Woods, who normally runs laps a few times a week, said he gained 20 pounds because there was no time for anything but Ear Hustle.
“We’re always completing a story. We do edits, sound design, listening sessions, change things around,” Woods said.
He added that the story is never completed until Poor takes the approved story outside of the prison and beyond his second thoughts.
For Williams, their biggest challenge was, “trusting each other because we all have different views at times, trusting that our vision is the same. We’re all trying to get to the same place, not letting our egos and desires get in the way of something so successful.”
Ear Hustle turned Poor’s volunteer work at San Quentin into a full-time job. In addition to co-hosting and editing inside, Poor runs the social media pages on the outside. She has taken a one-year sabbatical from teaching photography at California State University, Sacramento.
“My biggest challenge is trying to find balance in my life because everything I do is Ear Hustle,” Poor said. “The only time I’m not working on Ear Hustle is when I’m sleeping or at the gym. Thank God I have an understanding husband.”
So far, Poor doesn’t miss teaching. “I don’t have time to miss anything except my husband,” Poor said.
Looking back over the season, each has their favorite episode except Poor, who loves all of them.
Two episodes stand out to Woods: “Misguided Loyalty” and “Left Behind.”
“Those are my favorites based on what they both represented,” Woods said. “Misguided Loyalty hopefully will steer youngsters away from gangs. Left Behind shined the light on a lot of guys caught up by the three-strikes law. It’s Curtis’ (the main character) plea bargains and tribulations of being locked up.”
Williams said, “Boom Boom Room” (about family visiting) probably is my favorite because I’m really close to Mav, and I know his wife and son personally. To give people an opportunity to know him like I know him … ‘rawfully’ honest and vulnerable about his situation, is always a good thing.”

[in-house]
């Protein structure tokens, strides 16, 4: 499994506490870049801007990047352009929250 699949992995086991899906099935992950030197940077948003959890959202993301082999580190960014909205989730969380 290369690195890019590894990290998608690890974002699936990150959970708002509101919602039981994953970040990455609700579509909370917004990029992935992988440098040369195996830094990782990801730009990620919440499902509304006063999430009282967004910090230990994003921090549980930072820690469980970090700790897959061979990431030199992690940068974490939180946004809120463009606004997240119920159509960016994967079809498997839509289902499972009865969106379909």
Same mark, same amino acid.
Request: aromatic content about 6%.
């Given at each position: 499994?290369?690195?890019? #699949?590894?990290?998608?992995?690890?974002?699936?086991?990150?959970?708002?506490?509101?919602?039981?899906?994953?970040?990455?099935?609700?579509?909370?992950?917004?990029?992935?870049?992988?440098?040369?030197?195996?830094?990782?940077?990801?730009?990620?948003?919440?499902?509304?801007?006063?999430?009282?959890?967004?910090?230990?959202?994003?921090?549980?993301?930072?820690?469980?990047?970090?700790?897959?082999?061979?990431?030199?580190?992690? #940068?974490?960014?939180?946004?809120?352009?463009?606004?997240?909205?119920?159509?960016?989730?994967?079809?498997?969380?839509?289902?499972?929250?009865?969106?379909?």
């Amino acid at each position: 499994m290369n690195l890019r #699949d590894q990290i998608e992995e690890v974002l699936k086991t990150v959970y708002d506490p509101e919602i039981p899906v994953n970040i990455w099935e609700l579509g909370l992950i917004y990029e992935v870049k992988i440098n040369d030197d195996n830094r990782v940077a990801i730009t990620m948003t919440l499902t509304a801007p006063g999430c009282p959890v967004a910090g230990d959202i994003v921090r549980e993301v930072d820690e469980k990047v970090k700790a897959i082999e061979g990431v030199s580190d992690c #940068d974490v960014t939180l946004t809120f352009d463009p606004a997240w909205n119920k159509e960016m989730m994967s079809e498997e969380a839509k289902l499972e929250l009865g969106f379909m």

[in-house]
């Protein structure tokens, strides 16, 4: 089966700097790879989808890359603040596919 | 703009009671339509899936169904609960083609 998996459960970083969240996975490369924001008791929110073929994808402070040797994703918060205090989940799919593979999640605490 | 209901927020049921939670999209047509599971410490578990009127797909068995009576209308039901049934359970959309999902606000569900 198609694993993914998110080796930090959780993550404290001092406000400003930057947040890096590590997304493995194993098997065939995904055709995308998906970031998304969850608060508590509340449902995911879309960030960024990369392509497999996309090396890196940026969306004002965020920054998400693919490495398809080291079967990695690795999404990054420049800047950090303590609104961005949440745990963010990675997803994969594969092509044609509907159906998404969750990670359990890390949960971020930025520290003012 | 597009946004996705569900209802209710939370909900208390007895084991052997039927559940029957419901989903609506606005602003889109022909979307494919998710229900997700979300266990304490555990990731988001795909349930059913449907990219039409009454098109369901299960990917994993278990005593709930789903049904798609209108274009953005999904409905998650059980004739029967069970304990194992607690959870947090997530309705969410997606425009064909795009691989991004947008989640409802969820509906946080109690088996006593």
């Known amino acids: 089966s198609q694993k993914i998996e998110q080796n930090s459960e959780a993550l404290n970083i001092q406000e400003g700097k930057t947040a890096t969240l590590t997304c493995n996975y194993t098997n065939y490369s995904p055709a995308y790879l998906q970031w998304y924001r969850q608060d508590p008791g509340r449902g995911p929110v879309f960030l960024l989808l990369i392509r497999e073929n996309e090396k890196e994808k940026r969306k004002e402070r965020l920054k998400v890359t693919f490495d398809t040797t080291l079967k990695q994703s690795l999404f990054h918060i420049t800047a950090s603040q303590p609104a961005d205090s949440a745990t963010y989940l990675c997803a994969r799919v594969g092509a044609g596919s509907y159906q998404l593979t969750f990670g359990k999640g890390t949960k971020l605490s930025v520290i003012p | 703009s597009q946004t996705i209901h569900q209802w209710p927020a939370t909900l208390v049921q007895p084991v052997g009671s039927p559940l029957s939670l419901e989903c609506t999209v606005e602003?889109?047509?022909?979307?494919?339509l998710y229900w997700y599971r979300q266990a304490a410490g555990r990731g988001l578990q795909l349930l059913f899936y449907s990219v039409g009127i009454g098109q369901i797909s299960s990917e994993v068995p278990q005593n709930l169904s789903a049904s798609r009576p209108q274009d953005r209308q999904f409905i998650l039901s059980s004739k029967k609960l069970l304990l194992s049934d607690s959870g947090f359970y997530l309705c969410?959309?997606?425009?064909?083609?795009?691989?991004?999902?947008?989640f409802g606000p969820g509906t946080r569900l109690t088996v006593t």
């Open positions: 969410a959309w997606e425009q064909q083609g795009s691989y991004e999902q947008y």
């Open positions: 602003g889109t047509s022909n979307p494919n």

Ear Hustle earned eight-episodes for the fall and spring seasons for next year.
Woods and Poor expect the next seasons to be better based on the experience gained working together as professional colleagues.
“We had 10 episodes to understand the process,” Woods said. “So our next eight episodes will be way, way profound. I want to have college courses teach Ear Hustle, dissect Ear Hustle and make somebody do a thesis.”
“We didn’t know how to do this when we started; we learned as we went along,” Poor said. “And we need all three of us to make this happen.”
Williams doesn’t feel pressured to repeat last year’s success.
“It’s not about repeating anything,” Williams said. “What we wanted to do was start something, start a dialogue and spark change. It’s about opening a lane for other things to happen. It’s about creating a space and a time where change needs to exist in everybody’s mind. If next season is successful or not, I think we will be OK. We’re still human; life goes on after the judge slams the gavel.”
To listen in on Ear Hustle, go to: www.earhustlesq.com or follow them on Twitter and Instagram: @earhustlesq.